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The Future and Reality of Web 2.0

We've been writing on education for more than eighteen months now and every once in a while had mentioned Stephen Downes posts. Since he has many posts and we aren't capable to read them all on a daily basis, we have to filter all that information on a weekly basis. Today, we just accomplished it that's how this post came up to be presented.

What's the Future of the Web?

Technology Review (need registration) asked technology innovators and luminaries, what the Web might be into next ten years. Thirteen visions were collected by Kristina Grifantini and they range from the pessimistic 'total end of privacy' to the optimistic 'developer empowerment'. The most common theme is the 'mobile web' and perhaps the most unlikely is 'we will all have chips in our brains', summarize Downes.

Who Are the New Philosophers of the Web 2.0.?

With so many people speaking and writing on education it's hard to follow the conversations when you have other activities more than be online checking feed subscriptions and getting the screen radiations from your computer. The Twain Blog writes on why not all teachers can catch up with all stuff the new philosophers of the Web 2.0. (Upper echelon of education technologists and bloggers ) are working on and are very much familiar.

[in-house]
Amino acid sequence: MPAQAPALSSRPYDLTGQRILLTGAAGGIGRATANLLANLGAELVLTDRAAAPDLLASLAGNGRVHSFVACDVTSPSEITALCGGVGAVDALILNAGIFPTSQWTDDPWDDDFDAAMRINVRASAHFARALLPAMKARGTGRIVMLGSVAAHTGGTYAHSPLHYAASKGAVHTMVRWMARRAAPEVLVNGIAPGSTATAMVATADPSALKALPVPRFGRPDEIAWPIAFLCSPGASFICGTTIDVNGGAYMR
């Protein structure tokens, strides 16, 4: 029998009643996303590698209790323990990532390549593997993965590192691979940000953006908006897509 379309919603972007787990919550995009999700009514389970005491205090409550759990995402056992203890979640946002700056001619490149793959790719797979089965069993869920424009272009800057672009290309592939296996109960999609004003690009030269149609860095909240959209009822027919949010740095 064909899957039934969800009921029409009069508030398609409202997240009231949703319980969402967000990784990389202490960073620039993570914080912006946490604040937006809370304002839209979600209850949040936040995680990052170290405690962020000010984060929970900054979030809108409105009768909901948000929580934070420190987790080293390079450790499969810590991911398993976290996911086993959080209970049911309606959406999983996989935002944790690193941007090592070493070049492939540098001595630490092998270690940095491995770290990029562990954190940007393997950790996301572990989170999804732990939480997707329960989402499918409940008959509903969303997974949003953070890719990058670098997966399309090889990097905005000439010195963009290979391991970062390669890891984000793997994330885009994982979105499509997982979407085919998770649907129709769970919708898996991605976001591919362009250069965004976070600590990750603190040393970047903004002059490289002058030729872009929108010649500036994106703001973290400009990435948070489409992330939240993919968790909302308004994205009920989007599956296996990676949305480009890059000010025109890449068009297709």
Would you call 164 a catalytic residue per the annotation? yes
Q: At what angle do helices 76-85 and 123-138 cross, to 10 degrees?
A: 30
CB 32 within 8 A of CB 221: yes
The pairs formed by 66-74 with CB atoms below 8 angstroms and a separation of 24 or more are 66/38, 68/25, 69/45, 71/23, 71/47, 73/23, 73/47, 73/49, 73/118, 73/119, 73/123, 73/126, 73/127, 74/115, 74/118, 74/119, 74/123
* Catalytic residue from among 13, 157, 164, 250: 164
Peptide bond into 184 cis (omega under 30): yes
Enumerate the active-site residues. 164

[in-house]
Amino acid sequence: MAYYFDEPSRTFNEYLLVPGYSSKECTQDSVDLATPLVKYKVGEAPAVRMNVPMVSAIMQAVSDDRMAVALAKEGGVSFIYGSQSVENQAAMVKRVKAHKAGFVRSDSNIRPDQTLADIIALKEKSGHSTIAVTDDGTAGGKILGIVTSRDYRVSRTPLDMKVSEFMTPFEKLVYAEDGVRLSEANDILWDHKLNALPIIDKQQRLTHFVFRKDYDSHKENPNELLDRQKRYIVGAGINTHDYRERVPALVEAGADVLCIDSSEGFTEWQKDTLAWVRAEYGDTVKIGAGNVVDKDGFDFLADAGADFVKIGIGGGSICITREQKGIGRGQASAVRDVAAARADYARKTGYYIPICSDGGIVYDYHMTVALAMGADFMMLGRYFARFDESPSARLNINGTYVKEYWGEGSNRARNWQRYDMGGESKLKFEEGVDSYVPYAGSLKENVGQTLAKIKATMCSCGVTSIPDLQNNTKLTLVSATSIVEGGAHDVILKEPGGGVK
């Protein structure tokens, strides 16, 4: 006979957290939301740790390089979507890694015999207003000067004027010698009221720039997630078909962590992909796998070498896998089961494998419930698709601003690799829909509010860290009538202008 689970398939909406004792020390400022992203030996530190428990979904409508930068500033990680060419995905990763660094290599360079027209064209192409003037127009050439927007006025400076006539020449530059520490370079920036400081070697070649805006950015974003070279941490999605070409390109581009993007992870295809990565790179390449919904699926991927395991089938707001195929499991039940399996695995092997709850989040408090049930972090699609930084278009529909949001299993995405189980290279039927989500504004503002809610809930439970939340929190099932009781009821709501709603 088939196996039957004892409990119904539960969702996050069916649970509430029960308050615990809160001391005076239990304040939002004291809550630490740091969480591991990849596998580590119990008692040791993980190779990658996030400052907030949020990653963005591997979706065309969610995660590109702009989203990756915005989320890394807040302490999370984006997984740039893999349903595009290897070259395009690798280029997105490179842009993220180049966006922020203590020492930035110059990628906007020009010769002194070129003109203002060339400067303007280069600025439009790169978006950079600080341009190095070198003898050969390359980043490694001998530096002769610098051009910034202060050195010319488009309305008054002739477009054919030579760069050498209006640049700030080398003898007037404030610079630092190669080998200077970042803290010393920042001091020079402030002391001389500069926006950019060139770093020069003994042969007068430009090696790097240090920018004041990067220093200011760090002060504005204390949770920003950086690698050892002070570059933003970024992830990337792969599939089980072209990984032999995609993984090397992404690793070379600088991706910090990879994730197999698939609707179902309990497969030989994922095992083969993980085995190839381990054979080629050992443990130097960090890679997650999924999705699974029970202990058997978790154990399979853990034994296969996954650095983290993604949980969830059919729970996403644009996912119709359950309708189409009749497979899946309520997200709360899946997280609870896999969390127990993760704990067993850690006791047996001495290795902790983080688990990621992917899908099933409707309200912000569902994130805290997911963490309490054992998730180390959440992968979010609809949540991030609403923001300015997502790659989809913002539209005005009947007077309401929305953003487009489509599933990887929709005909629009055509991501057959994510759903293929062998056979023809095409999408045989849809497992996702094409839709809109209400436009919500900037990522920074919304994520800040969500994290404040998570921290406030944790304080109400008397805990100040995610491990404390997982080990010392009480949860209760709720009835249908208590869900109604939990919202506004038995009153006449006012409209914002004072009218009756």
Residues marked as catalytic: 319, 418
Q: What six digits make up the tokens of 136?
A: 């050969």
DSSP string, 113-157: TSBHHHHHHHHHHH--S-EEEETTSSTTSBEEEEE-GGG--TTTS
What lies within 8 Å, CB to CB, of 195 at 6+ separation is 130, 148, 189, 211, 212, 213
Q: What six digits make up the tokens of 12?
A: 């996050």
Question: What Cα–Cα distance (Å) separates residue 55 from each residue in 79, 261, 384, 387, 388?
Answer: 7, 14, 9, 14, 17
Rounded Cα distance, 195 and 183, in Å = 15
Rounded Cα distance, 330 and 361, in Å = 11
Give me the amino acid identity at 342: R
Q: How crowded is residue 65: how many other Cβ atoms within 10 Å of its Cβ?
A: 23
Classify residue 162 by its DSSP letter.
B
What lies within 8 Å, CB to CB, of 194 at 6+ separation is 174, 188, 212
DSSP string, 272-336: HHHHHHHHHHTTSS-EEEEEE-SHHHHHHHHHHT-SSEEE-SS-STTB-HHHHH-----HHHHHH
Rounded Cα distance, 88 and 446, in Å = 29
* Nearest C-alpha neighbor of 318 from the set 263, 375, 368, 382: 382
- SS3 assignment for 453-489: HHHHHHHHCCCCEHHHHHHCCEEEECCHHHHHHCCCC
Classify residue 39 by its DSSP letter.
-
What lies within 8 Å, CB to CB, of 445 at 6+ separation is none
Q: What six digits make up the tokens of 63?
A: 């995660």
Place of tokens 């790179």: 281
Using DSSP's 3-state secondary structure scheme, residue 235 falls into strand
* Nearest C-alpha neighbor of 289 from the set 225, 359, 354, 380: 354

The gap is evident and expanding, particularly between core teachers and these generation of online experts. This instructional technology educator, make a list of six wishes, in order to keep "connectivity with the teachers [he] work with."

After all, his wishes will stay on hold because, he can’t accomplish them. He has to work!

Misuse of Words in Learning

We need to simply stop defining learning as work, homework, lessons, classes, lectures and redefine these as aspirational activities; sessions, challenges, projects and clubs, writes Donald Clark. He says we have seven bad language habits we should avoid while learning(not teaching) and he suggests, in place of teaching we must promote a language of learning with words that instill positive values. These words include: trust, respect, quality, responsibility, unity, peace, thoughtfulness, happiness, patience, care, appreciation, honesty, understanding, love, friendship, humility, hope, simplicity, tolerance, courage, cooperation and freedom.

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